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USF avoided a public-relations misstep when it rescinded coaching offer

Steve Masiello was about to leave one good job for a better one (higher pay and much better weather).  Within a few hours, the contract for him to coach men’s basketball at the University of South Florida was yanked from under his chin and the job rescinded.

Masiello won’t move to Tampa because the moving van got stuck in a snow ditch in Manhattan. He’s hopefully, gratefully in good health. By all accounts, he’s a quality head coach. He won’t be coaching at USF next season because he lied on his resume about earning a degree from the University of Kentucky.

There has been discussion among fans and media about whether it’s important for a basketball coach to have a college degree. In my opinion, it’s about as important as it was for the late Steve Jobs to have one to create a multi-billion dollar company at Apple (he didn’t have a college degree). There are lots of ways to educate and refine skills, and that doesn’t always happen in a classroom.

The issue for Masiello, USF and others like them is that they engage in a profession that pays generously at what are considered institutions for higher learning. If you preach the value of good grades and diplomas to student-athletes, it seems prudent that the person who will spend more time with those student-athletes than teachers or classmates, be held to the same standard.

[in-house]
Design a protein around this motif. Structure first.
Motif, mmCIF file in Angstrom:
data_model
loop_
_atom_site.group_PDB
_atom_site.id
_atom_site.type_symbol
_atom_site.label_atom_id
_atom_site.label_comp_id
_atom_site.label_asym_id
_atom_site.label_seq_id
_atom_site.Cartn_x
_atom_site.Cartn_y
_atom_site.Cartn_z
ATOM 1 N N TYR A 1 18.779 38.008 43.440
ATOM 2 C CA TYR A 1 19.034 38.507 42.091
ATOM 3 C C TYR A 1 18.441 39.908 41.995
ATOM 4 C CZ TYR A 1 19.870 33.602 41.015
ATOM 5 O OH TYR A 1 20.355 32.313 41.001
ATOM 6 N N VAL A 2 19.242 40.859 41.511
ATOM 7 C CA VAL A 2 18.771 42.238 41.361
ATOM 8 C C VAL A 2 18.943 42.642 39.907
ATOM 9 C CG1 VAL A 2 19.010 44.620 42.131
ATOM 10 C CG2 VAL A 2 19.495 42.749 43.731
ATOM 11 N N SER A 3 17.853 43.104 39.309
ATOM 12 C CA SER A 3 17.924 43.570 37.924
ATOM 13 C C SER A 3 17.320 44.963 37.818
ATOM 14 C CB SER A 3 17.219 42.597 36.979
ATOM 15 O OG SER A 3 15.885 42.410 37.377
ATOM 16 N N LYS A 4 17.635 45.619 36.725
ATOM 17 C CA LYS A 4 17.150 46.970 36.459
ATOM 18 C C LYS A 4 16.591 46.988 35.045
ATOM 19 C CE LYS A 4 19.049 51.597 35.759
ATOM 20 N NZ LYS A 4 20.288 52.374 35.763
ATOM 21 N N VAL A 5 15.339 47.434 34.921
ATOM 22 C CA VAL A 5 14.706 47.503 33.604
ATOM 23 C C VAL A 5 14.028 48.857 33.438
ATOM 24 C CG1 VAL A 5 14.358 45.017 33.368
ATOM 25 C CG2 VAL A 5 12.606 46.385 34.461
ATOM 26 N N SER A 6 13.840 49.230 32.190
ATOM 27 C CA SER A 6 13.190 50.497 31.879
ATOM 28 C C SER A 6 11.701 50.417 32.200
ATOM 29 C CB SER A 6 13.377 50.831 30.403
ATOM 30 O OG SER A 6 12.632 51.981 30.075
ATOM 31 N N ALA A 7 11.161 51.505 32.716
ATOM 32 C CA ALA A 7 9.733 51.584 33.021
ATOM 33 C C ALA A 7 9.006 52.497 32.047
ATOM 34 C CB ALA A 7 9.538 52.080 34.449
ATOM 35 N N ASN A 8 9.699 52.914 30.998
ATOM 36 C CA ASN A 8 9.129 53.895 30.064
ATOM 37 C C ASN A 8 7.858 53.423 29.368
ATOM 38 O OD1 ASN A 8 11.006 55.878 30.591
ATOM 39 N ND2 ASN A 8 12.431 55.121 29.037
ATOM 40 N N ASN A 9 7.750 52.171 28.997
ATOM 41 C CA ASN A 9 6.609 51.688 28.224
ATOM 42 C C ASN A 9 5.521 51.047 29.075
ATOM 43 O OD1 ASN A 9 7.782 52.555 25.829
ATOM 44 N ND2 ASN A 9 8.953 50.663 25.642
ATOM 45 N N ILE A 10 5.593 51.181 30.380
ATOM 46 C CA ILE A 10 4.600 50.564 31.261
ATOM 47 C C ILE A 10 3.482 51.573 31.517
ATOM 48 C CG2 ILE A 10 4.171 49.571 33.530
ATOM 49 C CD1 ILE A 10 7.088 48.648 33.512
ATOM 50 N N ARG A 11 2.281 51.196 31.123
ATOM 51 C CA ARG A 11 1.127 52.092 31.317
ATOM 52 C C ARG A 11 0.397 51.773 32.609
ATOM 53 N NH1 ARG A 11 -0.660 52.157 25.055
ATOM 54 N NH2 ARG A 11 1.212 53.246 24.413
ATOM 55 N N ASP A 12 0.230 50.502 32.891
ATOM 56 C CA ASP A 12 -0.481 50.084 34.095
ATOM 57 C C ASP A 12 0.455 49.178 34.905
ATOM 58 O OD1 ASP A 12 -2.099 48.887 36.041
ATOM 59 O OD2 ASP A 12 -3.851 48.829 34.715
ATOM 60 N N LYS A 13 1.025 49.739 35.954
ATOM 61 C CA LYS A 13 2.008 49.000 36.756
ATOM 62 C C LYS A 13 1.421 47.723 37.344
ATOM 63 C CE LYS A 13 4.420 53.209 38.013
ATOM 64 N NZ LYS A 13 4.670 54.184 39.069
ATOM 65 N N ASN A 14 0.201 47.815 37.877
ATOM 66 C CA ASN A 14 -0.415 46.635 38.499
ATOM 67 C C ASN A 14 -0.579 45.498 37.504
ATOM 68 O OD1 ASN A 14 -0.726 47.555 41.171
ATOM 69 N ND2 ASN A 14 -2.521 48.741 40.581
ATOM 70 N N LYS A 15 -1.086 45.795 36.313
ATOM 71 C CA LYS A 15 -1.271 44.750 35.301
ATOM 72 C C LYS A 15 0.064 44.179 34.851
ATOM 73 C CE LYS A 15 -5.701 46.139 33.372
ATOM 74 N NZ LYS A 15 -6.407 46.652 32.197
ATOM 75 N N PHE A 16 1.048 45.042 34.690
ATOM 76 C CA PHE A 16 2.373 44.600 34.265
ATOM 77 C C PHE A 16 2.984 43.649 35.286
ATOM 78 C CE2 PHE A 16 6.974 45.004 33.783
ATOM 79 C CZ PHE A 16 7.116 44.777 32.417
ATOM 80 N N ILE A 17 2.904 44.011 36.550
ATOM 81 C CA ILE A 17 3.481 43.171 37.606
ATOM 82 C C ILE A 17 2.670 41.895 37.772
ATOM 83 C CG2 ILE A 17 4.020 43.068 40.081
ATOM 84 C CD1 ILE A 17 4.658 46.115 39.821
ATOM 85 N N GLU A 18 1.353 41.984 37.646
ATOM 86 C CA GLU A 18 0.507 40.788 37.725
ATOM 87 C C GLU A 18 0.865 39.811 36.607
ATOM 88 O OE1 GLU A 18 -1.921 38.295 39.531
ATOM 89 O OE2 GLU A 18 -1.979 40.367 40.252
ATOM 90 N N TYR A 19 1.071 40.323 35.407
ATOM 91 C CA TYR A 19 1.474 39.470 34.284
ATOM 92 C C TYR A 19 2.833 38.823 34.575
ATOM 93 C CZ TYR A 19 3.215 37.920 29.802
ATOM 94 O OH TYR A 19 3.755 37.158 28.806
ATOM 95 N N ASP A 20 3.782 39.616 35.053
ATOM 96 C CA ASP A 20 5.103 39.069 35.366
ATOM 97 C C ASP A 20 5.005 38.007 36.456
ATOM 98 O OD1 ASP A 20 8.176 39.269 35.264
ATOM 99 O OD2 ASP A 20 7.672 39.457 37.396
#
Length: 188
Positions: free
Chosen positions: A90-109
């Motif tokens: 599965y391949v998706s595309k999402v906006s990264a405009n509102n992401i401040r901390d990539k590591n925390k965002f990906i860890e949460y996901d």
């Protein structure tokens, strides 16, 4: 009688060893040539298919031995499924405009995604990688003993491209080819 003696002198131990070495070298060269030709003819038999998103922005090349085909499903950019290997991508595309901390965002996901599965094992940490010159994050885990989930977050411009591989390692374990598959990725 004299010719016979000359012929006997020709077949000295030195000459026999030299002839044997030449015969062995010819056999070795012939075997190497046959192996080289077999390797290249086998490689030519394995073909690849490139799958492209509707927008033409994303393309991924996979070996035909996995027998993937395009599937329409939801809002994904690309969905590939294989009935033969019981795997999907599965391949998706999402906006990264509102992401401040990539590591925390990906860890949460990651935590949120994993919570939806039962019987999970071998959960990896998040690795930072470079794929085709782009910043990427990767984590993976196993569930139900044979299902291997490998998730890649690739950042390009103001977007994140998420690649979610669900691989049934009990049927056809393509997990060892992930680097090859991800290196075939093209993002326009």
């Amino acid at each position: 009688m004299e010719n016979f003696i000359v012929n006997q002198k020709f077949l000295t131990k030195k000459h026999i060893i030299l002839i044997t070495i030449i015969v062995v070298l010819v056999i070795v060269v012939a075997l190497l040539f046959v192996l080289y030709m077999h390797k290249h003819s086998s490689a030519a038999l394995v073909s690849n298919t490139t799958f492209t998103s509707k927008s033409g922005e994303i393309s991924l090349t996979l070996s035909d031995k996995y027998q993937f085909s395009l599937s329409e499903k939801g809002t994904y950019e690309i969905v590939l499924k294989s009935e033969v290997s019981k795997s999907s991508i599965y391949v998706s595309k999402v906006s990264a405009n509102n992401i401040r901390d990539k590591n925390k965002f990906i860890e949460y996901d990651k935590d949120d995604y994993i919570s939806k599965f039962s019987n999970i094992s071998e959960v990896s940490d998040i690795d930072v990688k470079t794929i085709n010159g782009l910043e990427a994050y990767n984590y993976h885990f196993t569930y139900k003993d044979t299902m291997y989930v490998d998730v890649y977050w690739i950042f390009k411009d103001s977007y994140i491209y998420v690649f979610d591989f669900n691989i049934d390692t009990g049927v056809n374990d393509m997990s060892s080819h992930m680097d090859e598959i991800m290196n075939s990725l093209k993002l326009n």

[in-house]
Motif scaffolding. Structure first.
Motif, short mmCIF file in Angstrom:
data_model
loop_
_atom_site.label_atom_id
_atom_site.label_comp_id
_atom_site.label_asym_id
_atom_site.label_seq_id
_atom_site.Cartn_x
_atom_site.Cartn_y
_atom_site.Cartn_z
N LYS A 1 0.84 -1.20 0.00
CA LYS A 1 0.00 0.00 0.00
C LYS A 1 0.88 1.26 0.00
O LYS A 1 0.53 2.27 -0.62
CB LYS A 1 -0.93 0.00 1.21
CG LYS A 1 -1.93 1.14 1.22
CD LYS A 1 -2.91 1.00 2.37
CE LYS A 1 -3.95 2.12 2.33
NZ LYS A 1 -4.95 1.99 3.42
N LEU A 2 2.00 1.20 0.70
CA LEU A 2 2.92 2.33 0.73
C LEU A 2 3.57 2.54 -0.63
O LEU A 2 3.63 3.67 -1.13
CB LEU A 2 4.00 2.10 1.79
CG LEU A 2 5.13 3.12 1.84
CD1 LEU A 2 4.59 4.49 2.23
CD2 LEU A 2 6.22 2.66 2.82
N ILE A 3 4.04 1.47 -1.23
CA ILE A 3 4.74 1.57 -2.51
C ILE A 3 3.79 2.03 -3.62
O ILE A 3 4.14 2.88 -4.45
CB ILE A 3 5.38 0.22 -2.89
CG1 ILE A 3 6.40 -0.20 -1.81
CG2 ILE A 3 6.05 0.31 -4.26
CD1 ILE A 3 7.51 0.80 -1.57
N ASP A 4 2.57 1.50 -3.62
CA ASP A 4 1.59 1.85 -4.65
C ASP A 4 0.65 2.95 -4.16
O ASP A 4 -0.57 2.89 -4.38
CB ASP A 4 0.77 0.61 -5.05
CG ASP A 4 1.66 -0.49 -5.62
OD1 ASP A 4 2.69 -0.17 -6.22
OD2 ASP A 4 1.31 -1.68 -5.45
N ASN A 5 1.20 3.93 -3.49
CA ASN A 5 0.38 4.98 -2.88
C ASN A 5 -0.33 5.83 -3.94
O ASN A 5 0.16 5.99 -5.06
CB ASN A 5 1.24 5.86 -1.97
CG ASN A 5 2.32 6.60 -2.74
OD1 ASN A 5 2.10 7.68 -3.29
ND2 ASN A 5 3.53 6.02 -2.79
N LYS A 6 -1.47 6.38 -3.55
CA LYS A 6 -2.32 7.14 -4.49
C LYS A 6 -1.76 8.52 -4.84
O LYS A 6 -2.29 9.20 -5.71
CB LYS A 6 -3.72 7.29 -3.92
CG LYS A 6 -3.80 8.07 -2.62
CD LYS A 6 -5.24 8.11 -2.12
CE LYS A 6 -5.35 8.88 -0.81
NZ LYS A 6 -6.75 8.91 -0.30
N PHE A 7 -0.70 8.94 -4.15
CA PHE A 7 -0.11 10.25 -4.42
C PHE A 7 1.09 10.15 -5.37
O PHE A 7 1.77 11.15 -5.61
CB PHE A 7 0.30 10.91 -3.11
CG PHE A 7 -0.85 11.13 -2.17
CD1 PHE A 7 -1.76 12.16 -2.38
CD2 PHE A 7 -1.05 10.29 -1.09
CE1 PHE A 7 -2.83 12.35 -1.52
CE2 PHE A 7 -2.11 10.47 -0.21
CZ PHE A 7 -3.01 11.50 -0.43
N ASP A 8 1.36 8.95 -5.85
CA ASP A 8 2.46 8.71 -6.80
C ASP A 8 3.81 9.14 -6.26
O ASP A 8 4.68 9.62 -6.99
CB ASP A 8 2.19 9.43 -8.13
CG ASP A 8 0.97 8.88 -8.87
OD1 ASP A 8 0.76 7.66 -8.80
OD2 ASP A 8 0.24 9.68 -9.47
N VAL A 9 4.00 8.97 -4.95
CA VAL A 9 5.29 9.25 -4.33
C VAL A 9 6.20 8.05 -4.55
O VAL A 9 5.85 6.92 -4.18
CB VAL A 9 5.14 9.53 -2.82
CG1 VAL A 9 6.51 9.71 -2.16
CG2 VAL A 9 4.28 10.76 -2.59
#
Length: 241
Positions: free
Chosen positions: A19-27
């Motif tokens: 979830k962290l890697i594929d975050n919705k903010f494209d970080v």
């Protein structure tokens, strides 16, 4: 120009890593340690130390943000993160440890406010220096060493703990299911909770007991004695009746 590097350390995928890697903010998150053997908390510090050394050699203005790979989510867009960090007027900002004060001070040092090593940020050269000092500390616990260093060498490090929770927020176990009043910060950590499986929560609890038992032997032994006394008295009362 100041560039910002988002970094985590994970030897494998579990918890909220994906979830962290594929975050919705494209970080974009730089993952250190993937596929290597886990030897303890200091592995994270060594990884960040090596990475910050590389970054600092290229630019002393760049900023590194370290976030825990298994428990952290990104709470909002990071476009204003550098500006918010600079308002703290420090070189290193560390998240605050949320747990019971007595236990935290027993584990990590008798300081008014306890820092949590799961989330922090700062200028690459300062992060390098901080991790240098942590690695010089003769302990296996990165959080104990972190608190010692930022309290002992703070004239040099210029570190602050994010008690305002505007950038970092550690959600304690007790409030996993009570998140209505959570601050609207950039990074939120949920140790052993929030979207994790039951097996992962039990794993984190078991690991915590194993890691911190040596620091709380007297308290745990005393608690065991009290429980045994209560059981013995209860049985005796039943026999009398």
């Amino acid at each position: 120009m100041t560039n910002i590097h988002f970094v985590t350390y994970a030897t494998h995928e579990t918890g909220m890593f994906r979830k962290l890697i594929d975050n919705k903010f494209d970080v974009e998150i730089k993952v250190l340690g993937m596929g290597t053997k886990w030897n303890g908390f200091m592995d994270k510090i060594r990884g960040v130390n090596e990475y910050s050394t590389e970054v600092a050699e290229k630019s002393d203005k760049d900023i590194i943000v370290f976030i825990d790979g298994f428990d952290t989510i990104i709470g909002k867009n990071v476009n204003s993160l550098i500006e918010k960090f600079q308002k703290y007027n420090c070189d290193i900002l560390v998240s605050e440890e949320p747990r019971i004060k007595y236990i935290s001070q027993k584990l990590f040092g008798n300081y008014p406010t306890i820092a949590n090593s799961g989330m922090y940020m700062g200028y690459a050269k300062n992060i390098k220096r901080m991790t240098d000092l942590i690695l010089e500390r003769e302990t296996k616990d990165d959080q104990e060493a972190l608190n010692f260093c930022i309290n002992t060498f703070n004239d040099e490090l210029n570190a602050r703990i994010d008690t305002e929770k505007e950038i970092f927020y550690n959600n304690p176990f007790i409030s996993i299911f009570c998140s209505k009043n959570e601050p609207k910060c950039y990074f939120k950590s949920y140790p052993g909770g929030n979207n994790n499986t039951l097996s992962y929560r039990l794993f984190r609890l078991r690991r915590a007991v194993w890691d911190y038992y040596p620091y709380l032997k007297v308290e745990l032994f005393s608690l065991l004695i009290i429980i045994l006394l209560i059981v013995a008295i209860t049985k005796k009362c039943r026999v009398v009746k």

Many will say that it was a little white lie that sidelined Masiello’s career, at least for the short term. I think that while it may be a substantial reason, that he’s coaching at universities in jobs that emphasize education plays as big a role. USF and later, Manhattan College, his current/former/current school which put him on leave after the resume discrepancy was discovered at South Florida, had no choice in taking steps back. After several PR missteps during the last several years, USF couldn’t afford another.

Universities and the NCAA are famous for double-speak when it comes to the “student” part of what the moniker “student-athlete” means. In this case, however, the schools got it right.

Disclaimer: I am a University of South Florida alumnus who began studies in the classroom and completed them via correspondence with the blessings of my employers at the time.


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